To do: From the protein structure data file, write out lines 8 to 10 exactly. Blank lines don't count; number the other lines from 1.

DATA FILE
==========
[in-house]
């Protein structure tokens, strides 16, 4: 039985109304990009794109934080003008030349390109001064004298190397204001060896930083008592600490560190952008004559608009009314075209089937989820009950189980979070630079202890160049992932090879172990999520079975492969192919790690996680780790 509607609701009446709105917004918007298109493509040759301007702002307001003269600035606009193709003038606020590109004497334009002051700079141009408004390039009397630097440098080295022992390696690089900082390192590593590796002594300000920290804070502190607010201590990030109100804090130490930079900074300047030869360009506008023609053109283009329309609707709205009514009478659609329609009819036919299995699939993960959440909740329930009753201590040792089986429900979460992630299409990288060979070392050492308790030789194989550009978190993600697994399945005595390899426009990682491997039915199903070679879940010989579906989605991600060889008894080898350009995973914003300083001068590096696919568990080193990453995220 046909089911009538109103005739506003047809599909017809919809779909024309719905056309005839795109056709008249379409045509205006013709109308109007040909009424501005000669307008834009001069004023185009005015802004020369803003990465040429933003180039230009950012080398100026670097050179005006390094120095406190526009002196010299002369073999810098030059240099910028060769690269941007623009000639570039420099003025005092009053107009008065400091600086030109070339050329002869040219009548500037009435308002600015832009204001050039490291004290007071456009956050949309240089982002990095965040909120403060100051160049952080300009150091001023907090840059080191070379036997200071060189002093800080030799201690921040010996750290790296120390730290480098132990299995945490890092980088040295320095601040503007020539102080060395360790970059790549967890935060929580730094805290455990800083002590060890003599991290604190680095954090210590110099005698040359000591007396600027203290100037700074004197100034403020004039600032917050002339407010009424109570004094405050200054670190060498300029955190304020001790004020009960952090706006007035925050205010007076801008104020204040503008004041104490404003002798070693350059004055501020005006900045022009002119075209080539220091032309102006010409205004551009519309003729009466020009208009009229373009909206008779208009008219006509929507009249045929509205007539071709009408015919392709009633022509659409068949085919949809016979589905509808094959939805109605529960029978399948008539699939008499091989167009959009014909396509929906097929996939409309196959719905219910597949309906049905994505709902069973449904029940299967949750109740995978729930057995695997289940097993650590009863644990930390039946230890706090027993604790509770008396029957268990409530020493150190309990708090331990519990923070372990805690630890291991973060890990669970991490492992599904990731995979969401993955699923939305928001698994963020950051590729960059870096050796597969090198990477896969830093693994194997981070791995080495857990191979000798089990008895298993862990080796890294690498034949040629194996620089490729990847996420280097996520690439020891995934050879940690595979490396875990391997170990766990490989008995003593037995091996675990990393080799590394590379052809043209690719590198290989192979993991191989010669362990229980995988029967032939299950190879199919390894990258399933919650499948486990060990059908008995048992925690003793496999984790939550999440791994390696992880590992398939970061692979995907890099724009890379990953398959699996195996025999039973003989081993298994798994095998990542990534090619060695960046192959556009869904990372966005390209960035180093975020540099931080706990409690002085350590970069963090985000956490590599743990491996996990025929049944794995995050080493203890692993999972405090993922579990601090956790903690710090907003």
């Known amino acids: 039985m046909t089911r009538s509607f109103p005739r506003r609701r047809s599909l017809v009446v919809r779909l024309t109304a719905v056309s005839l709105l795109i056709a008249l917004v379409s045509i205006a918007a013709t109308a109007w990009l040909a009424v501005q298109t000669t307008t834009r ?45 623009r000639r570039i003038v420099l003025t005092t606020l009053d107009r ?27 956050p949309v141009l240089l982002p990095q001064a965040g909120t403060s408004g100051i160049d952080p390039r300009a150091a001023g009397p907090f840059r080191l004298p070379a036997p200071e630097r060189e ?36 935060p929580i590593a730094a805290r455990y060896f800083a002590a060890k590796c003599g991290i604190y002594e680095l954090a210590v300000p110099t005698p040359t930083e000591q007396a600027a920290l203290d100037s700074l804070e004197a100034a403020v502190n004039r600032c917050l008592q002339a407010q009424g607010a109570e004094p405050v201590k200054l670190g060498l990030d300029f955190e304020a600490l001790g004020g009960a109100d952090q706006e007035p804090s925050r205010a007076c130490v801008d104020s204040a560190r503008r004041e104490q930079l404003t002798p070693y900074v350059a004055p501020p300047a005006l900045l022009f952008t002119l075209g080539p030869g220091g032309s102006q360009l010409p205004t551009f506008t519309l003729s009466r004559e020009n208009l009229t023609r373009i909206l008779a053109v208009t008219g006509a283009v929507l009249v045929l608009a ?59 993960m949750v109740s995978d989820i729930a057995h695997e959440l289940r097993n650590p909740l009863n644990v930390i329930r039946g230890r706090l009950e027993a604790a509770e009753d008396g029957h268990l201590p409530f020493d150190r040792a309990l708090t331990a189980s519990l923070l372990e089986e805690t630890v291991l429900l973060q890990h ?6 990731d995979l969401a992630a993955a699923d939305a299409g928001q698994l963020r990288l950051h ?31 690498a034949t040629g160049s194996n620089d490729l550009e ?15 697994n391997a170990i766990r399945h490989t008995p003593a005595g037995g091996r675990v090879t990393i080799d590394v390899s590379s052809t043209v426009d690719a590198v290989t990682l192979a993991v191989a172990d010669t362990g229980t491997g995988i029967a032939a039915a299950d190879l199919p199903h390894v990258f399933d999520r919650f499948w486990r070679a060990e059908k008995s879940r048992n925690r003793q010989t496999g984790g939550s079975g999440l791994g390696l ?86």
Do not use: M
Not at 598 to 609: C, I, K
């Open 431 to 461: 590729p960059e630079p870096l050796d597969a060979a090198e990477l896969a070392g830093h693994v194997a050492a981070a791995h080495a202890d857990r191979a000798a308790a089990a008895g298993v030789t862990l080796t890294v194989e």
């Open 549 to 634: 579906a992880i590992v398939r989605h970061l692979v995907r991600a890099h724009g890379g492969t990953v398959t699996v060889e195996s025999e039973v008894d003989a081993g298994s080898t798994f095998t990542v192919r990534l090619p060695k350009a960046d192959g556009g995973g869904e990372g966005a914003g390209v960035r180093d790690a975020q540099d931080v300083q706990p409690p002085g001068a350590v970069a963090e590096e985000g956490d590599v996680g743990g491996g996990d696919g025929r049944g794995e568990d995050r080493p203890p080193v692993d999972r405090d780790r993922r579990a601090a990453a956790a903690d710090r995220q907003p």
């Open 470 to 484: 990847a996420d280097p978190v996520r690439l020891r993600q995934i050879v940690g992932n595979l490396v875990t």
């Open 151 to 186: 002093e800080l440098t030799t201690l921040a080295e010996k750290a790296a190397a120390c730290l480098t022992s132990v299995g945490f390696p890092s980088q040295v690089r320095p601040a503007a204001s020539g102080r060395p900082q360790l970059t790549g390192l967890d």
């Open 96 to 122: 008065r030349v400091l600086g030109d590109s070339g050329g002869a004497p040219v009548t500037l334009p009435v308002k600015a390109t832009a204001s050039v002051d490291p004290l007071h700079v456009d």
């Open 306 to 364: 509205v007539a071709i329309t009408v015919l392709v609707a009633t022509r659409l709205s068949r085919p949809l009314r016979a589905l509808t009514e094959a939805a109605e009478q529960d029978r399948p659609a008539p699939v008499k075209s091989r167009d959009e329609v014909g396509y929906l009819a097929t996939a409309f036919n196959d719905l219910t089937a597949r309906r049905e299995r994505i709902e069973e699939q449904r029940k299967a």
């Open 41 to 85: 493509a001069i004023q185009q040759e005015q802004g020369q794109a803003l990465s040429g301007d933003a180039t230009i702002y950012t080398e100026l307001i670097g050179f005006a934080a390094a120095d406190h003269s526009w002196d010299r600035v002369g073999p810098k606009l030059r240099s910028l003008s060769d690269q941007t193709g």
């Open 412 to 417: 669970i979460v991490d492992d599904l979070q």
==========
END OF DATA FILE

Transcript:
């Open 470 to 484: 990847a996420d280097p978190v996520r690439l020891r993600q995934i050879v940690g992932n595979l490396v875990t």
């Open 151 to 186: 002093e800080l440098t030799t201690l921040a080295e010996k750290a790296a190397a120390c730290l480098t022992s132990v299995g945490f390696p890092s980088q040295v690089r320095p601040a503007a204001s020539g102080r060395p900082q360790l970059t790549g390192l967890d």
């Open 96 to 122: 008065r030349v400091l600086g030109d590109s070339g050329g002869a004497p040219v009548t500037l334009p009435v308002k600015a390109t832009a204001s050039v002051d490291p004290l007071h700079v456009d």